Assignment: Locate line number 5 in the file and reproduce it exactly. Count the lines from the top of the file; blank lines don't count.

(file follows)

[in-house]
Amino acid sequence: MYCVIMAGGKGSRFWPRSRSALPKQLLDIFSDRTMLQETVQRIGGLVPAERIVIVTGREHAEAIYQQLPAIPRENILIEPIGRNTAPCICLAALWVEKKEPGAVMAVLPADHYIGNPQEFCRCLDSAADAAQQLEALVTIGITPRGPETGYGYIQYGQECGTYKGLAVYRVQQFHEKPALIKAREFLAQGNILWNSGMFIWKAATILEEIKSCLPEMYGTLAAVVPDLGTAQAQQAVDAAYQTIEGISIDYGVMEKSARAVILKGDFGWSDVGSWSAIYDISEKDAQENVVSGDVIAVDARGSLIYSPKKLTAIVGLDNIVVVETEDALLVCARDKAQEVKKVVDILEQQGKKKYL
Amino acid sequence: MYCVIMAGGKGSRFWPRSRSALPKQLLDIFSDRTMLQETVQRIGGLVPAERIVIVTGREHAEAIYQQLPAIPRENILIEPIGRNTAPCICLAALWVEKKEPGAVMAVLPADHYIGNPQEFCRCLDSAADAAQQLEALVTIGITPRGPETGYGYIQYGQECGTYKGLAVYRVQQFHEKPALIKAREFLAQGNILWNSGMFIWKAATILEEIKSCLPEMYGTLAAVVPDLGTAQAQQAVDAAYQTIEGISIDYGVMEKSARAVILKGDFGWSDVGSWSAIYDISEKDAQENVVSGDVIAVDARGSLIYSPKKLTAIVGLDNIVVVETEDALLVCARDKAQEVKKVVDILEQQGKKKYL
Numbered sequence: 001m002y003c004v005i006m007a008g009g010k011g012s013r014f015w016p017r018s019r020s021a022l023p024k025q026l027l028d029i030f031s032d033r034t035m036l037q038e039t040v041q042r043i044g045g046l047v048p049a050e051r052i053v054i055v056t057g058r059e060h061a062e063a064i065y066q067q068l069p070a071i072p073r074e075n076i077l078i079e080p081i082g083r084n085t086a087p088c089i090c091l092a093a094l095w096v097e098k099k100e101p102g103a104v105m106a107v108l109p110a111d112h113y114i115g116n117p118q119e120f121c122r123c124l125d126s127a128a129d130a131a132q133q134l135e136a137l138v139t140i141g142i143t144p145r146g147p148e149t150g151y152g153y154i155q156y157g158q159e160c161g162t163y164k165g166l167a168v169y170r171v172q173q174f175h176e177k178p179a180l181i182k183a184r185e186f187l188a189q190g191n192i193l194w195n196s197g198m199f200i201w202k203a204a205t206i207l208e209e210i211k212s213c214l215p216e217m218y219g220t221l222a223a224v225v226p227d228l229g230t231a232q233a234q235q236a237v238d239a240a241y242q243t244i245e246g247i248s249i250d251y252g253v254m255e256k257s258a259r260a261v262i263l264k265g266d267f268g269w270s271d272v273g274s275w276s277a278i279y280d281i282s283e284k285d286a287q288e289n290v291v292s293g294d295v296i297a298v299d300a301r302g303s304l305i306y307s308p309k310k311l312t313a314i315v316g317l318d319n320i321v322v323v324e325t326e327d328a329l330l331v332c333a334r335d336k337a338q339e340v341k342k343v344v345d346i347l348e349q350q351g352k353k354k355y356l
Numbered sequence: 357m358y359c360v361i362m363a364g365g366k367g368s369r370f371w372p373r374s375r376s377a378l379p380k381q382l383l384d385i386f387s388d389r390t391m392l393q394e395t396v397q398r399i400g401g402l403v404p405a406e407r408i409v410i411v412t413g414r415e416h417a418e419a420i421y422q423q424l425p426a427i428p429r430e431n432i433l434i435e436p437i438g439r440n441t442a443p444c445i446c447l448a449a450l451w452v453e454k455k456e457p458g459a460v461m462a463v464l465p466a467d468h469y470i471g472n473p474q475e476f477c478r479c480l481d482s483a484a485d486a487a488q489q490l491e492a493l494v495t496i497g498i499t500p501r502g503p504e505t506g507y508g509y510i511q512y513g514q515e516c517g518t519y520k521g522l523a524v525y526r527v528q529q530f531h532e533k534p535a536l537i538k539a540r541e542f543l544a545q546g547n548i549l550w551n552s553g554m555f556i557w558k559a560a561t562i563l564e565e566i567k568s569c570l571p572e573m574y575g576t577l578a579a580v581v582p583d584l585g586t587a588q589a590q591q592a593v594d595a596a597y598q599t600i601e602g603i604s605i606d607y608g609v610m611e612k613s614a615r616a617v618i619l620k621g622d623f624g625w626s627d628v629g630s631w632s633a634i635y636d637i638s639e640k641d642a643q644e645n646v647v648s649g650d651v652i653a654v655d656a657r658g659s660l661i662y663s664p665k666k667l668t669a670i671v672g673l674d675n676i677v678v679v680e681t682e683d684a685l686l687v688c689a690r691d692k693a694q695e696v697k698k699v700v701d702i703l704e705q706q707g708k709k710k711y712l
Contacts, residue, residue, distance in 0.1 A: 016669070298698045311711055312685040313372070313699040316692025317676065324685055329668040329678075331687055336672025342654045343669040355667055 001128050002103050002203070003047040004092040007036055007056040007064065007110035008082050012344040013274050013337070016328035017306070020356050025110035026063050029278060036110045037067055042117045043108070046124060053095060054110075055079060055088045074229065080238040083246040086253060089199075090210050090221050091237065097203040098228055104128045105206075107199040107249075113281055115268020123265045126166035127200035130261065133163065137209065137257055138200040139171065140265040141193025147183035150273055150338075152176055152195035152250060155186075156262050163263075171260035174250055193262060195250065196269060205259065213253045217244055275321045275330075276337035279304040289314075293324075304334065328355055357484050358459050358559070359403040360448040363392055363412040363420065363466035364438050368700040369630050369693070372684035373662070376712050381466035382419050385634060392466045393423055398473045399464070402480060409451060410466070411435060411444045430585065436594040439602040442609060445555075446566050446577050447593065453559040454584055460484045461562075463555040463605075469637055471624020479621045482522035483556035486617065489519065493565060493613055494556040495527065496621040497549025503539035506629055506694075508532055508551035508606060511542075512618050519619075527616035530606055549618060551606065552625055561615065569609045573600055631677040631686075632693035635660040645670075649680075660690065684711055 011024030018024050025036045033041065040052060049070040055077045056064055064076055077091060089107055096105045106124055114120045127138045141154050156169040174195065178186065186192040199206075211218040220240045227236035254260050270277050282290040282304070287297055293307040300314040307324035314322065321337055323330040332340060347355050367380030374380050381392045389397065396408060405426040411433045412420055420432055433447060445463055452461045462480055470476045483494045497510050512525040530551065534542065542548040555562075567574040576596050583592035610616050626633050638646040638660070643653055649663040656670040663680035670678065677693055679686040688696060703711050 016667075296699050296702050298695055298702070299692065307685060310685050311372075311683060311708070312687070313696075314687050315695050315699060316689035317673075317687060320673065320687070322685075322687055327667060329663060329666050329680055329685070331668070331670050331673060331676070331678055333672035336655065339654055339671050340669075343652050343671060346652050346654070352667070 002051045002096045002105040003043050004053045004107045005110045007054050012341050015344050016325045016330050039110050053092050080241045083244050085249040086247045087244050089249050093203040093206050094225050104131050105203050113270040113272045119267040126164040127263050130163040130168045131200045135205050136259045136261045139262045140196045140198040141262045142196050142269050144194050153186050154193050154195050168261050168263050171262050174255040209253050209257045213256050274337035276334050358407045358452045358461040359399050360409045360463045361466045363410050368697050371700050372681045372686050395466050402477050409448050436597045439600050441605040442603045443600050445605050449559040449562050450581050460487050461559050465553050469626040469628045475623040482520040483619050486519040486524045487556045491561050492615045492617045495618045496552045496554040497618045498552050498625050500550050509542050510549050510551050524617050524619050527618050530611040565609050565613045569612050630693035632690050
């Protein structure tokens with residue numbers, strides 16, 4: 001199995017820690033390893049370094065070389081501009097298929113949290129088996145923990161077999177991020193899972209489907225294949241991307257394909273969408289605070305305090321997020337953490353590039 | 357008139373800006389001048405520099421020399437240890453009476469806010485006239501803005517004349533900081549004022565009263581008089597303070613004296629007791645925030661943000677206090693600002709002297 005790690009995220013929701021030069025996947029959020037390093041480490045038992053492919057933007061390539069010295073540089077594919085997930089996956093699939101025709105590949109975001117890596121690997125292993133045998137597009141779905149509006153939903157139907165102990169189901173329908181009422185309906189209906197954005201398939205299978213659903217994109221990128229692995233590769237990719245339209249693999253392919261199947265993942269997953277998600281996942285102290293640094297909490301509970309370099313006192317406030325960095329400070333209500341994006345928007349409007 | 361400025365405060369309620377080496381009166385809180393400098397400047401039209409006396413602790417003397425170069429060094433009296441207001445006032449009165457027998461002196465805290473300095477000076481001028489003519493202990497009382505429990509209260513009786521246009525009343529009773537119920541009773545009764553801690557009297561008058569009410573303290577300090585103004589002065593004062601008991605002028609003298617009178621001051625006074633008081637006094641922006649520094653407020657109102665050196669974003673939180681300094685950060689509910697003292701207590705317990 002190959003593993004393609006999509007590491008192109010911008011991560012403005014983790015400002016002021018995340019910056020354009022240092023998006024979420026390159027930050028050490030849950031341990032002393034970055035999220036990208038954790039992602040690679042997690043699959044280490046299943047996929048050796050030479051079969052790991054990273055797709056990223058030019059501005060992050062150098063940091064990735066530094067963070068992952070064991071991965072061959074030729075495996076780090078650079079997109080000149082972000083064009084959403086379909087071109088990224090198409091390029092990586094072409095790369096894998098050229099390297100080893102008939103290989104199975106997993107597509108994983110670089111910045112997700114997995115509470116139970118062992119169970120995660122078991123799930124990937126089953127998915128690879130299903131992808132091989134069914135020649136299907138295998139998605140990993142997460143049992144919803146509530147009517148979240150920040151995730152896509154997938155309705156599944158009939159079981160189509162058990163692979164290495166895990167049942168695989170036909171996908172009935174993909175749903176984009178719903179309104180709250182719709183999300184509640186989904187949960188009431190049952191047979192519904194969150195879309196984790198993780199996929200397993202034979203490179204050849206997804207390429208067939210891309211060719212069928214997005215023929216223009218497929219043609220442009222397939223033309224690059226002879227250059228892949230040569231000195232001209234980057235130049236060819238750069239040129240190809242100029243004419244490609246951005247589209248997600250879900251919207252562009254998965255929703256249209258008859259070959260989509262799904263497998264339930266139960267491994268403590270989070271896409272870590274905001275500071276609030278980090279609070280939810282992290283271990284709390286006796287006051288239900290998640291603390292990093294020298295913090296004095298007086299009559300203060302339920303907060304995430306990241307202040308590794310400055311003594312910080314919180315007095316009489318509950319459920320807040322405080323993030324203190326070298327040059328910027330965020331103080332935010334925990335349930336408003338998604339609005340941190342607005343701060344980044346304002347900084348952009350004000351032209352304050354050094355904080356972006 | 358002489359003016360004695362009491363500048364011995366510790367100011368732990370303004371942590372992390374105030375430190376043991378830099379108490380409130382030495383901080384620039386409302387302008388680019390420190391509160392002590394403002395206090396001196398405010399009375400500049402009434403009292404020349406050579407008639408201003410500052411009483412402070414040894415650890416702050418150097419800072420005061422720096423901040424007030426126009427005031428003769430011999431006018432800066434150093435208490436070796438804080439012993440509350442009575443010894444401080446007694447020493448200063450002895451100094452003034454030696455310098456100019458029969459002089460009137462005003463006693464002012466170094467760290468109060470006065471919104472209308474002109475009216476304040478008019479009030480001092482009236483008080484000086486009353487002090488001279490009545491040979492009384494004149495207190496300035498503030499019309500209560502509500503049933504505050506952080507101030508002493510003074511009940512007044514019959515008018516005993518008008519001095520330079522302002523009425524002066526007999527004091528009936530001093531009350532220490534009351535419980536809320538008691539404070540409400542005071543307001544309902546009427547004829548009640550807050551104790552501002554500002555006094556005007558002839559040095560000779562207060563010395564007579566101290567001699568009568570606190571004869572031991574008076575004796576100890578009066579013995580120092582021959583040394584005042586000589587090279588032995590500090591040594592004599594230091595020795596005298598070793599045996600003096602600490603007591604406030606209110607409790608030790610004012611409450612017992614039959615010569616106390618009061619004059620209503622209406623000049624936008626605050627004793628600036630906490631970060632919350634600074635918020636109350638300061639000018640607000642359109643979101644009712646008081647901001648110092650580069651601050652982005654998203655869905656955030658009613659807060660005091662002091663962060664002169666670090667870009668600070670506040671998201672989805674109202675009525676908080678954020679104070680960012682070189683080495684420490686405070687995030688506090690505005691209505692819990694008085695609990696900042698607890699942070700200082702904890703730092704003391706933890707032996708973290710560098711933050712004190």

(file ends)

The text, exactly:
Numbered sequence: 357m358y359c360v361i362m363a364g365g366k367g368s369r370f371w372p373r374s375r376s377a378l379p380k381q382l383l384d385i386f387s388d389r390t391m392l393q394e395t396v397q398r399i400g401g402l403v404p405a406e407r408i409v410i411v412t413g414r415e416h417a418e419a420i421y422q423q424l425p426a427i428p429r430e431n432i433l434i435e436p437i438g439r440n441t442a443p444c445i446c447l448a449a450l451w452v453e454k455k456e457p458g459a460v461m462a463v464l465p466a467d468h469y470i471g472n473p474q475e476f477c478r479c480l481d482s483a484a485d486a487a488q489q490l491e492a493l494v495t496i497g498i499t500p501r502g503p504e505t506g507y508g509y510i511q512y513g514q515e516c517g518t519y520k521g522l523a524v525y526r527v528q529q530f531h532e533k534p535a536l537i538k539a540r541e542f543l544a545q546g547n548i549l550w551n552s553g554m555f556i557w558k559a560a561t562i563l564e565e566i567k568s569c570l571p572e573m574y575g576t577l578a579a580v581v582p583d584l585g586t587a588q589a590q591q592a593v594d595a596a597y598q599t600i601e602g603i604s605i606d607y608g609v610m611e612k613s614a615r616a617v618i619l620k621g622d623f624g625w626s627d628v629g630s631w632s633a634i635y636d637i638s639e640k641d642a643q644e645n646v647v648s649g650d651v652i653a654v655d656a657r658g659s660l661i662y663s664p665k666k667l668t669a670i671v672g673l674d675n676i677v678v679v680e681t682e683d684a685l686l687v688c689a690r691d692k693a694q695e696v697k698k699v700v701d702i703l704e705q706q707g708k709k710k711y712l